• Edwards called it dumb back in the original Sorcerer, but in the annotations he’s changed his position and he acknowledges that many games that look like this are actually way more subtle and not as unfocused as they seem. In fact he says that Sorcerer actually works fine like this
    • this is my template for the mystery game. Follow the PCs around and go where they take you. This is how we played OtE, and Mage and other WoD games
    • it’s also a standard of session zero PbtA (the Forge-made-good poster child) to follow the PCs around.
  4. the “hard” way
    • this is a way of linking the characters together with no shared background
    • the GM subtly includes everyone in the overarching plot and draws them together through manipulation of individual plots and backstories
    • Edwards’ annotations make it clear that what was written isn’t what he really meant, which was that backstory is all well and good but expecting everyone to come together isn’t.

I recommend reading Sorcerer if you can get a copy. Everything is worthy of criticism but this section on why players play and how they’re organised is not something you see in many RPGs at all… in fact I’d go so far as to say it’s slightly risky for an author to write down because it goes beyond options and into the realm of opinion. But it’s much more concise than the essays I used to wade through in the early Vampire supplements (well meant as they were).

Anyway… I put these four ways into a diagram

  • On the East-West axis you have Mode, which is either Pack or Solitary1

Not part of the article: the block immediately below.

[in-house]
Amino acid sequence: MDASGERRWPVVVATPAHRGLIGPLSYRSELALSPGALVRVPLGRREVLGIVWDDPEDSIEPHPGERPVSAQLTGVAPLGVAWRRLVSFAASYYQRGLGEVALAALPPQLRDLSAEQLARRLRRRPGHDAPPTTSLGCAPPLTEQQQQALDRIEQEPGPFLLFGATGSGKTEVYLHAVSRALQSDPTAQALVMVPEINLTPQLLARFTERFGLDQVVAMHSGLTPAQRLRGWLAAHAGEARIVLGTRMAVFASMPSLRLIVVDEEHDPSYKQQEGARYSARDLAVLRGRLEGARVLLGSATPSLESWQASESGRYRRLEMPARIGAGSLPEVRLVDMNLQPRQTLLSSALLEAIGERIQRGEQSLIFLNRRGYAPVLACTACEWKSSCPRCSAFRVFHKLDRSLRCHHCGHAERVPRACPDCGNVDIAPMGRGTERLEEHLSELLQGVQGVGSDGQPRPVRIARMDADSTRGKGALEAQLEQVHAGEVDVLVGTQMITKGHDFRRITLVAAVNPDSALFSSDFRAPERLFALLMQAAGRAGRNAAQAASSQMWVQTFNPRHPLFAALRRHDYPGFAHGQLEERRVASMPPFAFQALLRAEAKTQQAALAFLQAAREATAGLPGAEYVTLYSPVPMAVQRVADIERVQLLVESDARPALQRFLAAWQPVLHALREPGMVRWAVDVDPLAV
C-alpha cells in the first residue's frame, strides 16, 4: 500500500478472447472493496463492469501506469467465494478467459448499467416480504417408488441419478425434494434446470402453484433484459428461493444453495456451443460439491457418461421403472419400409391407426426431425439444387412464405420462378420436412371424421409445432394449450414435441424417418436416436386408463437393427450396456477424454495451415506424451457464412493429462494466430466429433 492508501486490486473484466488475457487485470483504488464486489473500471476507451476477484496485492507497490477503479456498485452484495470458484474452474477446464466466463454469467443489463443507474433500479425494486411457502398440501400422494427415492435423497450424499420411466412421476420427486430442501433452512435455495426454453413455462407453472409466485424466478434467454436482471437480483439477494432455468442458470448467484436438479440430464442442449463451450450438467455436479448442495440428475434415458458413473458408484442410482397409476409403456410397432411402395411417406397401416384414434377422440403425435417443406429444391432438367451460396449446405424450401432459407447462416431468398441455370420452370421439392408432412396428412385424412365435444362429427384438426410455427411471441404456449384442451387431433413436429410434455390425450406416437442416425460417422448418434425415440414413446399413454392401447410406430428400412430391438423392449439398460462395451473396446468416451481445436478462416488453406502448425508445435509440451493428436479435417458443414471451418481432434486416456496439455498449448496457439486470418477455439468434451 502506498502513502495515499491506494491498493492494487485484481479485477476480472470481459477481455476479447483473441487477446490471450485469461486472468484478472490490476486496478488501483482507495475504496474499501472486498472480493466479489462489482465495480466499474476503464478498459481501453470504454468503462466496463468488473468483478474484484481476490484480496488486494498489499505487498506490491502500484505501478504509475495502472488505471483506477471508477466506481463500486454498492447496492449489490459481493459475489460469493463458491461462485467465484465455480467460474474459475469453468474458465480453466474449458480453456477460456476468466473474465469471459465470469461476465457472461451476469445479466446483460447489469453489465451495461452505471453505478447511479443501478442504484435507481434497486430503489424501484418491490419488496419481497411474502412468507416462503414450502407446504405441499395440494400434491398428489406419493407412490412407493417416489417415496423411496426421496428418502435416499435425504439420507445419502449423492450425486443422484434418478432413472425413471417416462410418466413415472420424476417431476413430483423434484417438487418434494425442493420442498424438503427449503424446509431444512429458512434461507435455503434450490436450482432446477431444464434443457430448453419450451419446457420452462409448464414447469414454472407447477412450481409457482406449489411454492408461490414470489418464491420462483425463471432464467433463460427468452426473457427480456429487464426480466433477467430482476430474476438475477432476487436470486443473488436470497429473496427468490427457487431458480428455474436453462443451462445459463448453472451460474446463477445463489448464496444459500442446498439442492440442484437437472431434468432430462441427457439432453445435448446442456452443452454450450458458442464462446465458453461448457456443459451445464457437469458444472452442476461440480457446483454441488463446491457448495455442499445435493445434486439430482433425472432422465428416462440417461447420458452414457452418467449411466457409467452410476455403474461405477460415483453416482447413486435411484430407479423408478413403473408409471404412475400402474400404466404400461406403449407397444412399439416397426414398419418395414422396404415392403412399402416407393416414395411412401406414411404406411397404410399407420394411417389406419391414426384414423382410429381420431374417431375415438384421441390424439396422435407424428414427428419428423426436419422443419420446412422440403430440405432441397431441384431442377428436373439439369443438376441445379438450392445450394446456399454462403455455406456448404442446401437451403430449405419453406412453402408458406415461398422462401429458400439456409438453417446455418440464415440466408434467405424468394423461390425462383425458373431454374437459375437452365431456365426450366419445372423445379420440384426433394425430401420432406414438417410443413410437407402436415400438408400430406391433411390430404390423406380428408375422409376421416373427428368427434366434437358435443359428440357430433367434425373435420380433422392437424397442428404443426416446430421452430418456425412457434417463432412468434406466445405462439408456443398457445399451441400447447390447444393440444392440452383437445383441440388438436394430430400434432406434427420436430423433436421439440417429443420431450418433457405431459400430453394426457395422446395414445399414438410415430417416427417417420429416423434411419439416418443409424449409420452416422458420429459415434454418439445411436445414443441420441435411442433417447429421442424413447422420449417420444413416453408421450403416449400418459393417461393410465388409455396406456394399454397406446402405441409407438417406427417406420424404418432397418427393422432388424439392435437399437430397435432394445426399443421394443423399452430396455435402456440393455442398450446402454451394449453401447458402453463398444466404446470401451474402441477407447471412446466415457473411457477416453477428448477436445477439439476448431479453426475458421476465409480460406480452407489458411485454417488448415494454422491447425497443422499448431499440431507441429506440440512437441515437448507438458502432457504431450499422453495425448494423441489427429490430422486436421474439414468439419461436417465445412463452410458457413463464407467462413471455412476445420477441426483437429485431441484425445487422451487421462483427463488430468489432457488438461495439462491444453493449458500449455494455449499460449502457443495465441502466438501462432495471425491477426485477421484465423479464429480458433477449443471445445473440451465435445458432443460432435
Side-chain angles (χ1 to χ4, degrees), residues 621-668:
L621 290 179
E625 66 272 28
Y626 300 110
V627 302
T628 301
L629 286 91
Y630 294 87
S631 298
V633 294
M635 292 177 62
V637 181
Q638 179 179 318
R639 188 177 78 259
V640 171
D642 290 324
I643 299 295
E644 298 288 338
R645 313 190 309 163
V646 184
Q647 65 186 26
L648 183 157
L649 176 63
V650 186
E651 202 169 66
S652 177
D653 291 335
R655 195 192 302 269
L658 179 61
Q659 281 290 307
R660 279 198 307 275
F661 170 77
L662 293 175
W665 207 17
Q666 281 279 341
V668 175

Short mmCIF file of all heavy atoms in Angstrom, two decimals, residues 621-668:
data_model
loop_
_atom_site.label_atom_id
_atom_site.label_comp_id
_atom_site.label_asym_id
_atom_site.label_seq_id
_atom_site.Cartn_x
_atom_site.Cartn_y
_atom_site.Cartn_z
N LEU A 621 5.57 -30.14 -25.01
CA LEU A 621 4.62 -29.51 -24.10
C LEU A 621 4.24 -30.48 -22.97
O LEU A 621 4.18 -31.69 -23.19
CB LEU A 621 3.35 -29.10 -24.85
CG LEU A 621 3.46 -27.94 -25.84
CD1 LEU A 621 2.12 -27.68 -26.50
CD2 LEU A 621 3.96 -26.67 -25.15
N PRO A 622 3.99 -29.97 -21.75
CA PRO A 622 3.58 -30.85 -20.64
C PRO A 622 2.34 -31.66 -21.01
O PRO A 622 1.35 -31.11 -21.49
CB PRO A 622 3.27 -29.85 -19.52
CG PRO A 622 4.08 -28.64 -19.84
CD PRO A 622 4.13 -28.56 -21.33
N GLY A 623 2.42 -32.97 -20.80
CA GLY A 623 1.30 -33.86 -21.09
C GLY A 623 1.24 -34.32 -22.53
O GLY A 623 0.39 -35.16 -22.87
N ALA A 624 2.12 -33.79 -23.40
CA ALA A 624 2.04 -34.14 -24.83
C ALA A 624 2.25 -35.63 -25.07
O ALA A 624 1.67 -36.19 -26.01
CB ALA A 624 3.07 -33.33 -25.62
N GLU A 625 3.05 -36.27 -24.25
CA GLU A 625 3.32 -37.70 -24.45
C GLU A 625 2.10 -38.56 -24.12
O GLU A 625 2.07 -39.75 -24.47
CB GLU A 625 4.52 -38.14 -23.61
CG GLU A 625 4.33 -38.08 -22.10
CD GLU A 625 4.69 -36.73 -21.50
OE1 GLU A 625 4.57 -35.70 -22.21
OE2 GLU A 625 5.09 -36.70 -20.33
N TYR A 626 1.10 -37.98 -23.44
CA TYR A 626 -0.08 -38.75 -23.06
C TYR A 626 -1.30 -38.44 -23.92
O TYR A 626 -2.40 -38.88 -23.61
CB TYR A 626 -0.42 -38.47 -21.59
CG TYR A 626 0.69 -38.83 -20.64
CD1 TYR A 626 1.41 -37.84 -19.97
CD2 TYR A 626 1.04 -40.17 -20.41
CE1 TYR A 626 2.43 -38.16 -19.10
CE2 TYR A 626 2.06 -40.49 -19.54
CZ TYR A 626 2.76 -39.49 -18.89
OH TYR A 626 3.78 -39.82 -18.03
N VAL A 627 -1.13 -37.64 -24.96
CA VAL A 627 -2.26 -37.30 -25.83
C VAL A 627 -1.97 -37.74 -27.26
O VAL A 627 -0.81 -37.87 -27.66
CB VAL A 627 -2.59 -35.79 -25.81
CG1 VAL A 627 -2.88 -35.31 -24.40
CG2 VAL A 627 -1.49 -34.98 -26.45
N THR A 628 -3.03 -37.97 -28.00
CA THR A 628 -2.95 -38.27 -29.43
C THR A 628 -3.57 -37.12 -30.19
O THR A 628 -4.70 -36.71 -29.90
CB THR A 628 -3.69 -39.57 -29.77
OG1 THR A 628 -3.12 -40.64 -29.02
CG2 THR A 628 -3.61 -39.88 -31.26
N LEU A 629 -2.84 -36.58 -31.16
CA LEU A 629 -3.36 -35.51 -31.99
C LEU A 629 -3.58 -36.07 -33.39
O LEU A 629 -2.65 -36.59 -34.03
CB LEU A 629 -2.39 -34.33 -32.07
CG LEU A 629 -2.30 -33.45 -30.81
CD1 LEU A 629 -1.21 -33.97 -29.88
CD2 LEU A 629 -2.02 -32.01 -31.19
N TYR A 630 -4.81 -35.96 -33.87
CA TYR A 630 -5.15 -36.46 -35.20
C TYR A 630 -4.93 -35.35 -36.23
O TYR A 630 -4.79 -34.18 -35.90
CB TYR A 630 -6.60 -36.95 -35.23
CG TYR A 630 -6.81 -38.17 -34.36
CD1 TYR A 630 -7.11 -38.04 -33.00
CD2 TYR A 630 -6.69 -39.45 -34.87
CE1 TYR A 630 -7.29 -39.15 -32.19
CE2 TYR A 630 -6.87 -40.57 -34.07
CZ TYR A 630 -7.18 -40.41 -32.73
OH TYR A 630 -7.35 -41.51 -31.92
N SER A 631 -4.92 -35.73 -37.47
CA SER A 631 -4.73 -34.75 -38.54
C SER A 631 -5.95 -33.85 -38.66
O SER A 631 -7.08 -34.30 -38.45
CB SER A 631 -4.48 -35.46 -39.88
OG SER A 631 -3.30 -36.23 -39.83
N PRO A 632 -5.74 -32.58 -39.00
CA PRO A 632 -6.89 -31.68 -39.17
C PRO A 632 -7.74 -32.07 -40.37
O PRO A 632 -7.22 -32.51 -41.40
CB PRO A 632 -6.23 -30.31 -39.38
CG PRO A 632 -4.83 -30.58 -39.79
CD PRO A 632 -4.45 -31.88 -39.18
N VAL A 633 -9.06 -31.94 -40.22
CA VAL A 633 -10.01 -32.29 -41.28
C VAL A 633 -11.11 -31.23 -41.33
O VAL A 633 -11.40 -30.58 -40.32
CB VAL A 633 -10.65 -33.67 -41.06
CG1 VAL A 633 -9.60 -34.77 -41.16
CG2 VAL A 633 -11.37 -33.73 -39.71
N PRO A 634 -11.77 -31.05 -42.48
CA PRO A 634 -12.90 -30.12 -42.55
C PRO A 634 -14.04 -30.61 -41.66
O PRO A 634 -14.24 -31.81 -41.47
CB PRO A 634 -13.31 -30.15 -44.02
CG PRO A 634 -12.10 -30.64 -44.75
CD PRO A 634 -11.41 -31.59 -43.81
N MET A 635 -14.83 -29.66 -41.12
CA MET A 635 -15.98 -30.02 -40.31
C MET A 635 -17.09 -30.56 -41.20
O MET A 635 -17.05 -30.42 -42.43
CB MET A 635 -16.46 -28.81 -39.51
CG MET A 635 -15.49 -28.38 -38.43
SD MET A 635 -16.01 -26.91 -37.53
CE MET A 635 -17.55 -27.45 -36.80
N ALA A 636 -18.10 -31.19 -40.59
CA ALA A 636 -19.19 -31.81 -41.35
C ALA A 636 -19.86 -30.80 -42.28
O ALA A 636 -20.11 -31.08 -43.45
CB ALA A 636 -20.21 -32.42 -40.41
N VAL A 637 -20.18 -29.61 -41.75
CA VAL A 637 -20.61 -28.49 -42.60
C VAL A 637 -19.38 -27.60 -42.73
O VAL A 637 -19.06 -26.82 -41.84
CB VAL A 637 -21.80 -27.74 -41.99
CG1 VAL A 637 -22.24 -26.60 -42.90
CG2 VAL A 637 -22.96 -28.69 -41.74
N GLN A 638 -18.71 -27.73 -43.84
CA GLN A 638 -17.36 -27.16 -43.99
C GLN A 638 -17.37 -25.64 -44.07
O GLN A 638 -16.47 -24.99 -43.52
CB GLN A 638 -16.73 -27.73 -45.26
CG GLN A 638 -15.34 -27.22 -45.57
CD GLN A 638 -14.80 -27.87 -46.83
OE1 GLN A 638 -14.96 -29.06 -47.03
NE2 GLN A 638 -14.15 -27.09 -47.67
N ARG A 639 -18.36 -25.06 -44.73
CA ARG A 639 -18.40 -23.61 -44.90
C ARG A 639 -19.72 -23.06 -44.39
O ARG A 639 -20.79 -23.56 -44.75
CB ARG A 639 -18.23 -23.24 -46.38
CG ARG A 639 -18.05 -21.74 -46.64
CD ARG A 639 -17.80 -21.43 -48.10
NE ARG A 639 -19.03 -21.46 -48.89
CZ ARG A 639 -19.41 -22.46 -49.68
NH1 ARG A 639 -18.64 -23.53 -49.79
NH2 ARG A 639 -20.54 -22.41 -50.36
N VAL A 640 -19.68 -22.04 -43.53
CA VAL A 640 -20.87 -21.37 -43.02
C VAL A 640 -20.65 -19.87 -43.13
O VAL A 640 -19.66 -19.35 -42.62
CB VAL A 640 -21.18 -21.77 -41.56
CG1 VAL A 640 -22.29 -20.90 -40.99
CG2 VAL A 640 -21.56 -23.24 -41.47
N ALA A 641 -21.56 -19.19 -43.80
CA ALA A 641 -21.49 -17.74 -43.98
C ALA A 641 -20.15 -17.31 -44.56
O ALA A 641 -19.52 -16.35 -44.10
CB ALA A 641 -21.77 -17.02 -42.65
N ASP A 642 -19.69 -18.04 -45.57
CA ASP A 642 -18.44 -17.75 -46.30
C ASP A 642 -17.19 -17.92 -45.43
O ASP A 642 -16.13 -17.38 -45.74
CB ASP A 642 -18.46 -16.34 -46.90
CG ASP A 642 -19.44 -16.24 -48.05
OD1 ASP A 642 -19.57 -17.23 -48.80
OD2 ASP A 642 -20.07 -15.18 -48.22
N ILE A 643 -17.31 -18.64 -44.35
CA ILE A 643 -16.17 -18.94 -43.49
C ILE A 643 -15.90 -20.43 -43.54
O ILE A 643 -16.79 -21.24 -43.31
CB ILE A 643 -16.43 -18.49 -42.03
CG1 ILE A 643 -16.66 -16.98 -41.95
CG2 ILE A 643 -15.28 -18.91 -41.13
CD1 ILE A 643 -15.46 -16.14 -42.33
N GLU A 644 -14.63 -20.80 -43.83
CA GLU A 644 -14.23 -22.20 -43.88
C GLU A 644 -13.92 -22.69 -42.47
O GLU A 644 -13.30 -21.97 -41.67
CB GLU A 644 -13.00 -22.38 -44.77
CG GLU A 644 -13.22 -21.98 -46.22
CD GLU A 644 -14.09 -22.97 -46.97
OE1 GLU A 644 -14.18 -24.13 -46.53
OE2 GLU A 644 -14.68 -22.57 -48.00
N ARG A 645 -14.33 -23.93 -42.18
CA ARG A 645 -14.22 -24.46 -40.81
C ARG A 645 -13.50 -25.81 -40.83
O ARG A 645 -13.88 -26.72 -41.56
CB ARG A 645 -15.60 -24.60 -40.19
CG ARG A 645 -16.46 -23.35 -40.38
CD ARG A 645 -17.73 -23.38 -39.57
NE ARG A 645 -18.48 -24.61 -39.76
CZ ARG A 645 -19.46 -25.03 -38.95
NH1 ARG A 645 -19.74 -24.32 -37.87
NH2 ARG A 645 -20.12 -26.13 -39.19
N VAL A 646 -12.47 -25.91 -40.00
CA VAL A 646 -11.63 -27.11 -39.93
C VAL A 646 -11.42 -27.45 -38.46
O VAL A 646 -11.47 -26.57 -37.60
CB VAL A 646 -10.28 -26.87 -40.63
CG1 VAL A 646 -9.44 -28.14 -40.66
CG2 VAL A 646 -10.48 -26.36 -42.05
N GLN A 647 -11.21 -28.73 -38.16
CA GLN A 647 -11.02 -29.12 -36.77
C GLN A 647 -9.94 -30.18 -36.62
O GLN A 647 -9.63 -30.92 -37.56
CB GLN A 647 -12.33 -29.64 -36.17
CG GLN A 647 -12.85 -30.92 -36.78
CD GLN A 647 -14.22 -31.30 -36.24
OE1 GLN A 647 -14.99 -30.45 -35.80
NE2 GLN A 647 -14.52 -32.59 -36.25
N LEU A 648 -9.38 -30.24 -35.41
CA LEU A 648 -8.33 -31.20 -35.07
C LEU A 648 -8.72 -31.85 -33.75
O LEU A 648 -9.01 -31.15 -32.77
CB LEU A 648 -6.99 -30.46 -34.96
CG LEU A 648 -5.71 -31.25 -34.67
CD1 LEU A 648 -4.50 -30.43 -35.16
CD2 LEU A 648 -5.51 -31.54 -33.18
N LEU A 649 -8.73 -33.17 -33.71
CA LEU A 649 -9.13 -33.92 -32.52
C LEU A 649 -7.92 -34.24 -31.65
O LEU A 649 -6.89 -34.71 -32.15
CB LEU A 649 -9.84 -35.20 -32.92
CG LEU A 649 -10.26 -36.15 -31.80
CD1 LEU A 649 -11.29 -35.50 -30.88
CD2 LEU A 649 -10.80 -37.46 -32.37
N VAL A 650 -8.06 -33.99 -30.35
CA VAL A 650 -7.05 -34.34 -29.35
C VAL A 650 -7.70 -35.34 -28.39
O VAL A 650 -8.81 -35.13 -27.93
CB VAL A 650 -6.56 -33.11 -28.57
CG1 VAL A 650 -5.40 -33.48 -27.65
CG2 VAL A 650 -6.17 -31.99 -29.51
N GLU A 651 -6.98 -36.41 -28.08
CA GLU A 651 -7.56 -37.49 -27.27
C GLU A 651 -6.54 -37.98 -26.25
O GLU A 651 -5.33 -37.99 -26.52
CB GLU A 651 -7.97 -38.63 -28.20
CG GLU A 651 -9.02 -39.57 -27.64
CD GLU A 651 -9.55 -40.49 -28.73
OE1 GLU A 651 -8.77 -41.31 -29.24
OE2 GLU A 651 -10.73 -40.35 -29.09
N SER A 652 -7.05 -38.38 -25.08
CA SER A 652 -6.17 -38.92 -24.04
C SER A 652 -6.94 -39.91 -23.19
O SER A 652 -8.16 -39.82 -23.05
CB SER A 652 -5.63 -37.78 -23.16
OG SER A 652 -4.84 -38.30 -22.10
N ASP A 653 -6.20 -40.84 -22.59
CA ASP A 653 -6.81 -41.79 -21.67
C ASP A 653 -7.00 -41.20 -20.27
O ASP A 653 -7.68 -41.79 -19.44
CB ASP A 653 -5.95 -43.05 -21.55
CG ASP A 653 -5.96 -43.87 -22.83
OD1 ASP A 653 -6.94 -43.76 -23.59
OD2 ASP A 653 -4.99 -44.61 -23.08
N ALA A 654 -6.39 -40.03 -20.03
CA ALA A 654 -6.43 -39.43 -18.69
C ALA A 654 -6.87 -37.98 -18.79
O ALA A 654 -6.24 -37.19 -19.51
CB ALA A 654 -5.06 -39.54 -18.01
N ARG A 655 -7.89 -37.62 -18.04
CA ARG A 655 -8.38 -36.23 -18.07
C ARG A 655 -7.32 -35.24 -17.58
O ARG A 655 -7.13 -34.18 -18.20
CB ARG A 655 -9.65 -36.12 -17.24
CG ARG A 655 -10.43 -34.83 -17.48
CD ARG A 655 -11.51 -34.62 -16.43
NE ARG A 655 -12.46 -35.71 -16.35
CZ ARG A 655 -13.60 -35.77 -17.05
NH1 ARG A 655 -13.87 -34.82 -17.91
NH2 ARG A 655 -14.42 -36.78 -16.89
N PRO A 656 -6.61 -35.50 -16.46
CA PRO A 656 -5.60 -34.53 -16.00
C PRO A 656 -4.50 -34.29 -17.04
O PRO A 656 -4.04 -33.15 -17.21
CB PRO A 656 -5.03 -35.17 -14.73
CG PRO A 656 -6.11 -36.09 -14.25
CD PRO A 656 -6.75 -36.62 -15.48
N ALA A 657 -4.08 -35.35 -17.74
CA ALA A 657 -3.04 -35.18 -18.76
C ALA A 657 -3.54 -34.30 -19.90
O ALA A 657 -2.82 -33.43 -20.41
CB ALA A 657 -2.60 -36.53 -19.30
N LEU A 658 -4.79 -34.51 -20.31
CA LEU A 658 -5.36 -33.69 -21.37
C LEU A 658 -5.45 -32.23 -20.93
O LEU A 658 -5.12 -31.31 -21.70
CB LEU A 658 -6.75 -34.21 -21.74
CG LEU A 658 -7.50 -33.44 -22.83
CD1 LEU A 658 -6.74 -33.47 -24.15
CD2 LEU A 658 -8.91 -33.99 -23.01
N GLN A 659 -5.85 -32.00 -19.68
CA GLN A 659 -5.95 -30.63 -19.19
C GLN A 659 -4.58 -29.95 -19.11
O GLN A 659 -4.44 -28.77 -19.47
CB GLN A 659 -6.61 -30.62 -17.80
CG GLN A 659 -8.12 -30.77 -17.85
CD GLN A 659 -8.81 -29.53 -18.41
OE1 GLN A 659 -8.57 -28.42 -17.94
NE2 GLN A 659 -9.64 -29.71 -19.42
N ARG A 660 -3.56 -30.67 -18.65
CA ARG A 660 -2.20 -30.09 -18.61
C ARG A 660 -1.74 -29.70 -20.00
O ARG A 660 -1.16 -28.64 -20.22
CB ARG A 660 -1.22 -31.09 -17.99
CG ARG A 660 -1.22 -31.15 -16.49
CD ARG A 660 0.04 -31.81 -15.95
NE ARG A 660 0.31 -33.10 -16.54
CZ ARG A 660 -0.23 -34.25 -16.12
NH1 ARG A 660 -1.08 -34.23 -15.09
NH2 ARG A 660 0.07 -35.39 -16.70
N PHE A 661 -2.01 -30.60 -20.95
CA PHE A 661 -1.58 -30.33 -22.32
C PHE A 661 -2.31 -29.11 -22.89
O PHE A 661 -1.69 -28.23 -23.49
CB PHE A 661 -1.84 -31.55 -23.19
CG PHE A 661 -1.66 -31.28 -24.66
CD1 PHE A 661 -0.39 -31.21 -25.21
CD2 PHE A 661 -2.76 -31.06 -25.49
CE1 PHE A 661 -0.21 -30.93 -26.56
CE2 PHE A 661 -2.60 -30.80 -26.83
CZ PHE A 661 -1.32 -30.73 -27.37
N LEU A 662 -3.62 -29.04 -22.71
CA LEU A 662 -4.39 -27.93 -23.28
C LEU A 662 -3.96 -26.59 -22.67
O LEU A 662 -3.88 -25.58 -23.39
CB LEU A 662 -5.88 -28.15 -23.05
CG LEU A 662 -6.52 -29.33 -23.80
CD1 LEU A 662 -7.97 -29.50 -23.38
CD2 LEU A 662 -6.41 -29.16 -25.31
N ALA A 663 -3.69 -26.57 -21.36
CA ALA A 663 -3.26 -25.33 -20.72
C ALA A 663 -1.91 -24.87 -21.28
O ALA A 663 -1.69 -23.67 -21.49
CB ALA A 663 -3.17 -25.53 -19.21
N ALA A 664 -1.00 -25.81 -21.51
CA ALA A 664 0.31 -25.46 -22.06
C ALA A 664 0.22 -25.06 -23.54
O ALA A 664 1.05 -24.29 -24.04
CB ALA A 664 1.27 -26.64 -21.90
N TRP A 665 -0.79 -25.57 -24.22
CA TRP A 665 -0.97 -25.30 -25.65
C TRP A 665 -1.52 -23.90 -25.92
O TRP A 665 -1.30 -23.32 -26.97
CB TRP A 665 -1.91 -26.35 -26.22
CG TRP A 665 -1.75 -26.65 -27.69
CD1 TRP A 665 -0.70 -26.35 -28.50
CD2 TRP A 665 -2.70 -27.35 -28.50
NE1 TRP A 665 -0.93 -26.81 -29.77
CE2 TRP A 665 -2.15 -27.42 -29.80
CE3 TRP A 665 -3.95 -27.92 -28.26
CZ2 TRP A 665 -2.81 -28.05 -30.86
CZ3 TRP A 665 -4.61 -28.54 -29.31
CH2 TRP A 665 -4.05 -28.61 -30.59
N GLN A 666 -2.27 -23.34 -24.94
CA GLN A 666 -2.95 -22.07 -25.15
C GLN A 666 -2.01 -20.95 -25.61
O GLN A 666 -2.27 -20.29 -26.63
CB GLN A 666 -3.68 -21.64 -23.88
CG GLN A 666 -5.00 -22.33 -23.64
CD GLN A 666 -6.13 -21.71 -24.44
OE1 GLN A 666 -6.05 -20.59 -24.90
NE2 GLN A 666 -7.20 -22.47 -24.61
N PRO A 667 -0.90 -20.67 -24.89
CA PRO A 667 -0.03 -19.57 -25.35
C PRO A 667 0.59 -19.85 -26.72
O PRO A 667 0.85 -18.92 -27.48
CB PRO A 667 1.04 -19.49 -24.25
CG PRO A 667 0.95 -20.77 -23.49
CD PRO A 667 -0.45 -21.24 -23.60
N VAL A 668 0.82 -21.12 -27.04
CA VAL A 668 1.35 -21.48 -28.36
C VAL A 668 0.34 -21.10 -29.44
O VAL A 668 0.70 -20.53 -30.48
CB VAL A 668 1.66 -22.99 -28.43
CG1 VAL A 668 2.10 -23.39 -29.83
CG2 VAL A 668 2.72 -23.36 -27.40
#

• Pack means everyone focused on the same goal; usually these are tackled sequentially as missions. This is typical of Dungeon and Squad games.
    • Solitary means parallel individual/personal arcs, that may or may not be tied into the Threat. The Dumb and Hard games are focused on individuals rather than the pack.
  • For North-South you have Threat which runs from Explicit to Absent
    • Explicit = there is a problem, an enemy, something to expose or investigate
    • Absent = there is no obvious over-arching problem (although there may be session-to-session trials)
    • This variable passes through “implied” which sits between no Threat and a known Threat.

So in this context, I’d say the ur-Investigation game is North-West; it’s about Pack organisation and explicit Threat. The Mystery game is South-East, concerned with individual arcs with no obvious Threat. The North-East and South-West quadrants are variations on those two poles (the Squad is more about an organisation investigating a thing, and the Hard Way is about the GM doing all the hard work in bringing disparate characters together to a single narrative).

All of these modes are fine, preference, and games will probably drift around the diagram during play over sessions (like alignment). This is not really how Ron Edwards writes in Sorcerer; he’s implying some kind of exclusive choice. But mostly the point I’m making is that the structure in the OA is mystery rather than investigation, and it’s a play style I have a lot of love for.

  1. I took these terms from Jaron Lanier’s book Ten Arguments For Deleting Your Social Media Accounts Right Now